Tin House has a short story form Etgar Keret.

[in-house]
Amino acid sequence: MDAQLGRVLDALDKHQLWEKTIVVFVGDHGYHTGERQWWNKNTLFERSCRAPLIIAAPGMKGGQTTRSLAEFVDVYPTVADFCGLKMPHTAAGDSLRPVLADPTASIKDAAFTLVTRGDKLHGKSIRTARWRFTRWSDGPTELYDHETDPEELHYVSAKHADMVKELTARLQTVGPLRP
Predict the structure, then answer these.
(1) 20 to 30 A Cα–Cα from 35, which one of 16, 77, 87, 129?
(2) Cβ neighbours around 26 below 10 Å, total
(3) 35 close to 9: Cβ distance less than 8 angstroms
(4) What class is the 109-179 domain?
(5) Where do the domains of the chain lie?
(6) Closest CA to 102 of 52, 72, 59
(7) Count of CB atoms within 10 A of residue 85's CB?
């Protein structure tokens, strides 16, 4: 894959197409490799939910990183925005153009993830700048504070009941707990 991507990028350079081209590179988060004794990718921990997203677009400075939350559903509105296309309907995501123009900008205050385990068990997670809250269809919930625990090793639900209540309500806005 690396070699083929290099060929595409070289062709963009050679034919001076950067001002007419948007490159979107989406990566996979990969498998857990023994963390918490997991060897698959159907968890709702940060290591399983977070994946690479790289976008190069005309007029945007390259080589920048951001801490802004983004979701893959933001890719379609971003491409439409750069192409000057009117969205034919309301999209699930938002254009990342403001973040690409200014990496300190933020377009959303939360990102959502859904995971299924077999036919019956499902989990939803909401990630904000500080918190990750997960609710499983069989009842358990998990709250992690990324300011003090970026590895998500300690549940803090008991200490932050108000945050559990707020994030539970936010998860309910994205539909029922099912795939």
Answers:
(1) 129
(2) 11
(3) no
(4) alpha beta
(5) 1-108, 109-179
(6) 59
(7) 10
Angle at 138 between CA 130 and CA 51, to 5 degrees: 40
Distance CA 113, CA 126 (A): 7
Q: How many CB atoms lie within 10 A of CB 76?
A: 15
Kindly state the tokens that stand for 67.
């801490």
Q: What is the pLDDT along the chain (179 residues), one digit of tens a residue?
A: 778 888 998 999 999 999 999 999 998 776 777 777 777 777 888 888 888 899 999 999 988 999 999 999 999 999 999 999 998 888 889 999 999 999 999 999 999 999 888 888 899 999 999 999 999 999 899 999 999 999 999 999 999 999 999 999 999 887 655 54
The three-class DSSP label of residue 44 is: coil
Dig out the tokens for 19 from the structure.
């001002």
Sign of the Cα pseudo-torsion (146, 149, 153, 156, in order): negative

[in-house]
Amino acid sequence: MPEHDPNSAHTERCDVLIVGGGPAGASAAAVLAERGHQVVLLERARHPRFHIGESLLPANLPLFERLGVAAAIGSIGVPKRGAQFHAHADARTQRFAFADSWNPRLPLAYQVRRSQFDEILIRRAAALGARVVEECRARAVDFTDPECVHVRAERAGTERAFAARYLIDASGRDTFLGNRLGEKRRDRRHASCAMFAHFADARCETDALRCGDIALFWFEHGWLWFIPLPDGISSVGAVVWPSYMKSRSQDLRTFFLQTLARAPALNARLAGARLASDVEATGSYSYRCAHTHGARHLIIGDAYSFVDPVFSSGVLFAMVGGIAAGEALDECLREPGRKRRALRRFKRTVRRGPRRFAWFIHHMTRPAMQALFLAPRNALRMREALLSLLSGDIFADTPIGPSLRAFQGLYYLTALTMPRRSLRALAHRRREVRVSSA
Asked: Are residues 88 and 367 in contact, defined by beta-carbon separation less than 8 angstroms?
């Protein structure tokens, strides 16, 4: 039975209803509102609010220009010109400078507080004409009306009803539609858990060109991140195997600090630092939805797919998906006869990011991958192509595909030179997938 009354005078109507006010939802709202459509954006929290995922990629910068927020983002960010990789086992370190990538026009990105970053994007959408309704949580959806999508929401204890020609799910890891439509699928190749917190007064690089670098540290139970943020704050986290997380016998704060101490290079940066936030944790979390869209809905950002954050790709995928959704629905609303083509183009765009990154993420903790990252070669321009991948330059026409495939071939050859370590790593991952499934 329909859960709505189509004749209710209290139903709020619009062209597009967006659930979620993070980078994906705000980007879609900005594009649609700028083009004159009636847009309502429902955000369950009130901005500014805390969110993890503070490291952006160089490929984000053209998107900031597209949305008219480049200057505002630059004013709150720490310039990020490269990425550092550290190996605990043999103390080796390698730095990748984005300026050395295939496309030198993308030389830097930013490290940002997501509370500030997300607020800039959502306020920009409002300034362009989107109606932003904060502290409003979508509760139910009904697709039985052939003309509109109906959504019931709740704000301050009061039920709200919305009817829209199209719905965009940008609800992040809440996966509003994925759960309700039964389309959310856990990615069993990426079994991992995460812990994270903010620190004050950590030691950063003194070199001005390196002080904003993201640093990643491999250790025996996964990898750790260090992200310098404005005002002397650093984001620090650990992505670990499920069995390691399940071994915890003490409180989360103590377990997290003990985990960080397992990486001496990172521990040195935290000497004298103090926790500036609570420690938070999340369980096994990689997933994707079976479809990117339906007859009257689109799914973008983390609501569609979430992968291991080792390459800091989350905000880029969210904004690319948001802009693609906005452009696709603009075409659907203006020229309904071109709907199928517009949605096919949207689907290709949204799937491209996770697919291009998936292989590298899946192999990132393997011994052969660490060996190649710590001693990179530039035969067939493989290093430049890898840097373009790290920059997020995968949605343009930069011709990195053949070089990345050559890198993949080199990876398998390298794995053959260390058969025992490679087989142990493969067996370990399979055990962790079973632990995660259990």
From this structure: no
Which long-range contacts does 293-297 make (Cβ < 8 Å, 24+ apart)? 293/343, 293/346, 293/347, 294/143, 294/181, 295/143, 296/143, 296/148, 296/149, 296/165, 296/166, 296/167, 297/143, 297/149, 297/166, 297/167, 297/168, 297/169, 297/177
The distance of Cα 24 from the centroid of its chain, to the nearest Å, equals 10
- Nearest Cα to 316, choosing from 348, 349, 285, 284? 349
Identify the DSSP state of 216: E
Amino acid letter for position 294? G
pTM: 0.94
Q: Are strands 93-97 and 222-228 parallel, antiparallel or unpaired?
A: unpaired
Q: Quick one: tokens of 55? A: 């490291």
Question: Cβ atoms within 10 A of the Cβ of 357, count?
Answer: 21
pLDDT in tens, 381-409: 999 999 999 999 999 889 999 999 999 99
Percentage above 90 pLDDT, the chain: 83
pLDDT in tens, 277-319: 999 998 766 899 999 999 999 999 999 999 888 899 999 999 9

Every night, after she had finally left him, he’d fall asleep in a different spot: on the sofa, in an armchair in the living room, on the mat on the balcony like some homeless bum. Every morning, he made a point of going out for breakfast. Even prisoners get a daily walk in the yard, don’t they? At the café they always gave him a table set for two, and sat him across from an empty chair. Always. Even when the waiter specifically asked him whether he was alone. Other people would be sitting there in twos or threes, laughing or tasting each other’s food, or fighting over the bill, while Avichai sat by himself eating his Healthy Start—orange juice, muesli with honey, decaf double espresso with warm low-fat milk on the side. Of course it would have been nicer if someone had sat down across from him and laughed with him, if there had been someone to argue with over the bill and he’d have to struggle, to hand the money to the waitress saying, “Don’t take it from him! Mickey, stop. Just stop! This one’s on me.” But he didn’t really have anyone to do that with, and breakfast alone was ten times better than staying home.